Thursday - Sep 20, 2018

Making money on the backs of the undocumented


by Marvin J. Ramírez

Good business for the city: A SFPD cop takes away the auto of a couple at 22nd and Mision streets for not having a driver's license, after he stopped them for having the windows too dark.Good business for the city A SFPD cop takes away the auto of a couple at 22nd and Mision streets for not having a driver’s license, after he stopped them for having the windows too dark.

NEWS ANALYSIS – Besides for being known for its immense colorful gay population and its Golden Gate Bridge and tourist attractions, San Francisco is also known for its caring for the defenseless, those with AIDS, and especially those persecuted by the United States Immigration and Custom Enforcement U.S.I.C.E.

For that endeavor, San Francisco enacted a Sanctuary ordinance almost a decade ago, to protect the immigrant communities from immigration agents seeking cooperation from local police to arrest them.

San Francisco is a city of sanctuary, “where immigrants are welcome and safe, regardless of legal status.” Under the 1989 City of Refuge law, meant to protect Central American war refugees,” no city employee shall use city resources to assist in the enforcement of federal immigration law.”

However, the city’s employees are indeed using the city’s resources when the police department waits in corners in areas where most of the undocumented residents frequent and shop, and tow their cars.

This sanctuary law has really made a difference in the lives of thousands lawful residents who have undocumented family members until the state enacted laws against them. These people work and live like ordinary citizens, but as opposed to those who are documented, they can’t obtain a DMV license, but have to drive as a necessity.

A tow truck driver receives the authorization from a police officer to tow the car of an undocumented person.A tow truck driver receives the authorization from a police officer to tow the car of an undocumented person.

They drive with fear of getting caught by aggressive cops who sometimes enjoy doing that dirty job, as they act with indifference to the pain caused on these people when confiscating the only means of transportation they have for the family. They use their vehicles to take their family members to school, to the doctor, to work, or when there is a medical emergency.

San Francisco politicians, however, have been silent on this area, impounding the vehicles of those stopped for usually minor traffic offenses, and taking their cars for lacking a driver’s license.

These mostly humble, working people with families and children, are the same undocumented immigrants supposedly protected by the City’s Sanctuary law from ICE, but obviously is not protecting their private property in San Francisco.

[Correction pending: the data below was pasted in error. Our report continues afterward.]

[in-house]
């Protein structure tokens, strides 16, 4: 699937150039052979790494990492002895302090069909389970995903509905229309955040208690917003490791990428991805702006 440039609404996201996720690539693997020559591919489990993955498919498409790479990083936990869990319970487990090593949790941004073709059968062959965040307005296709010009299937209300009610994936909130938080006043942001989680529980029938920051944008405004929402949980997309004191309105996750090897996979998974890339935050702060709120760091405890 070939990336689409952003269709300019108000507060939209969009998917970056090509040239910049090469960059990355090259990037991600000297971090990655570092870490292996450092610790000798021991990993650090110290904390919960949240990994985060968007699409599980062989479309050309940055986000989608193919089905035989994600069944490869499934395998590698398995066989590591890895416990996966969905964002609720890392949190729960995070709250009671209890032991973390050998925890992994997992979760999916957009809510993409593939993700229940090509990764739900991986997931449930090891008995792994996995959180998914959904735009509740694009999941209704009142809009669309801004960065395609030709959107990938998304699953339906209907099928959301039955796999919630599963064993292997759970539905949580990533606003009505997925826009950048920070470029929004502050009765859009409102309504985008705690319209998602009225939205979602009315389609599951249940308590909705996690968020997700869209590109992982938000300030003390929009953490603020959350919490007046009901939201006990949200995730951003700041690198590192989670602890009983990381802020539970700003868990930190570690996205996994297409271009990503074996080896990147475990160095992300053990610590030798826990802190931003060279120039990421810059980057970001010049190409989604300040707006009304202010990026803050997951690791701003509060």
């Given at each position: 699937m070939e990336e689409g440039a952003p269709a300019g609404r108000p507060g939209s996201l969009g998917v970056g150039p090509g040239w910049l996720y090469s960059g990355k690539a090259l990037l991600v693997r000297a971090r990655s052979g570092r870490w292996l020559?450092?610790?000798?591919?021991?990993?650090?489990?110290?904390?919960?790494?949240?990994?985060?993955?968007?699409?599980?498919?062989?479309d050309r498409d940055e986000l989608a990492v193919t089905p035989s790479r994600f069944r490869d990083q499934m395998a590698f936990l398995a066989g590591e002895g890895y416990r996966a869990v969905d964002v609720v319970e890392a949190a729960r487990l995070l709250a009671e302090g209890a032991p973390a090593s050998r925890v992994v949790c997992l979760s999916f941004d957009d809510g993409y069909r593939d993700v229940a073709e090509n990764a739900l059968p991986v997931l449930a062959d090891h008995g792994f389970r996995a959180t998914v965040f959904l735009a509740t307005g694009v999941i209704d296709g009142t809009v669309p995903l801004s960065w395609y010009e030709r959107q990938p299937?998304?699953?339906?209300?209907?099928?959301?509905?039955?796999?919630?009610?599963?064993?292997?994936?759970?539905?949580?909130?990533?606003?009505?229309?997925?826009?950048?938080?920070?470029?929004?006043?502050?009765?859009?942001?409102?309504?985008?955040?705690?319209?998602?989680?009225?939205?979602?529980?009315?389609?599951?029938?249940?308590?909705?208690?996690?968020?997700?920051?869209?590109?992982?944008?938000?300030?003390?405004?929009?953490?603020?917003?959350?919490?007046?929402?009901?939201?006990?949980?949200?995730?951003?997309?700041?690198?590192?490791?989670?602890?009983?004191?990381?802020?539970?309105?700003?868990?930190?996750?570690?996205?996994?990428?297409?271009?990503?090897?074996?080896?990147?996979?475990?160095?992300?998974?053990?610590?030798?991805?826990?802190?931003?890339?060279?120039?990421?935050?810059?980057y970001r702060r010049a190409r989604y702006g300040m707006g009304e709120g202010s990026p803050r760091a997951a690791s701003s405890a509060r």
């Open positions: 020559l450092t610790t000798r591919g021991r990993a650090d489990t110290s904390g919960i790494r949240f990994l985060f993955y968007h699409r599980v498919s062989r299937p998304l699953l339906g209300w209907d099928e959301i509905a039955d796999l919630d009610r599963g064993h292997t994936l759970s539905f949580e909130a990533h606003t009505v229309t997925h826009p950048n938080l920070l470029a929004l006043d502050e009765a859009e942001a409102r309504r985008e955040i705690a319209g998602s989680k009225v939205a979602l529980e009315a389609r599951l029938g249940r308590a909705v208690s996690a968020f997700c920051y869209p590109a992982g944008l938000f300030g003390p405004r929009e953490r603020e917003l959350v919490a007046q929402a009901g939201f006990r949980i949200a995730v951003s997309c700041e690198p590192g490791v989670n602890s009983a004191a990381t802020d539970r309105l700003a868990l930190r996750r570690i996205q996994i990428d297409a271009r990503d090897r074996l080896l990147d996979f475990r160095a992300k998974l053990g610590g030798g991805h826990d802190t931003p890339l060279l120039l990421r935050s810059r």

El Reportero has received complains that motorcycled officers follow them and stop them for no reason or simply for suspicion that they might be undocumented immigrants based on their humble appearance. The traffic stop usually ends up with the confiscation of the person’s vehicle in the absence of a driver’s license or auto insurance, and the passengers grabbing their belonging and walking away, sometimes with groceries and children.

Then the business interest takes place, giving the city and the towing companies huge profits no one can refuse.

A 30-day impounding has been the rule, which most victims of this action consider too much of a financial burden.

Neither from the Mayor or the Board of Supervisors, has come a word in addressing this issue. By simply enacting an ordinance that could provide a driving permit within the city for those who lack a social security number – a California requirement to grant a DMV license – the problem could be resolved.

The Board of Supervisors could draft a resolution immediately prohibiting the SFPD from temporarily enforcing the state law that allows them to impound their vehicles until an immigration reform bill is passed by the U.S. Congress. Because, aren’t the undocumented immigrants also protected under the sanctuary ordinance when they drive?

By following this suggestion, the city will again become the spearhead in the defense of immigrants, especially in this area where the state has failed them most: to grant them a driver’s license, which will allow them to get insurance and therefore protect us all.

According to following passages of an article in the San Francisco Chronicle, the State Senate already has voted late last year 25 to 14 to create a special exemption in state law that would reduce the mandatory 30-day impoundment of cars driven by unlicensed drivers, so that offenders who have never had a valid license can get their cars back after 24 hours. Right now, when officers impound the cars of unlicensed drivers, the mandatory term is 30 days.

The article reported that Pomona resident John Whitney, a member of the Christian group One LA that started the drive for the bill express that he supports a 30-day impound for drunken drivers and others who drive without a license, but as a “conservative Christian evangelical,” he wants to see different treatment for those who cannot get a license because they are not legal residents. He added that some tow companies charge too much to car owners; after 30 days, the cost exceeds what many hard-working immigrant families can readily absorb.

One bill supporter is Pomona Police Chief James Lewis, according to the article. Earlier this year, his department reduced the length of impoundment time from 30 days to one day. Whitney believes that when Pomona police impound a car for one day instead of one month, they enjoy better relations with the community, and improved community policing.

(The San Francisco Chronicle contributed to this article).

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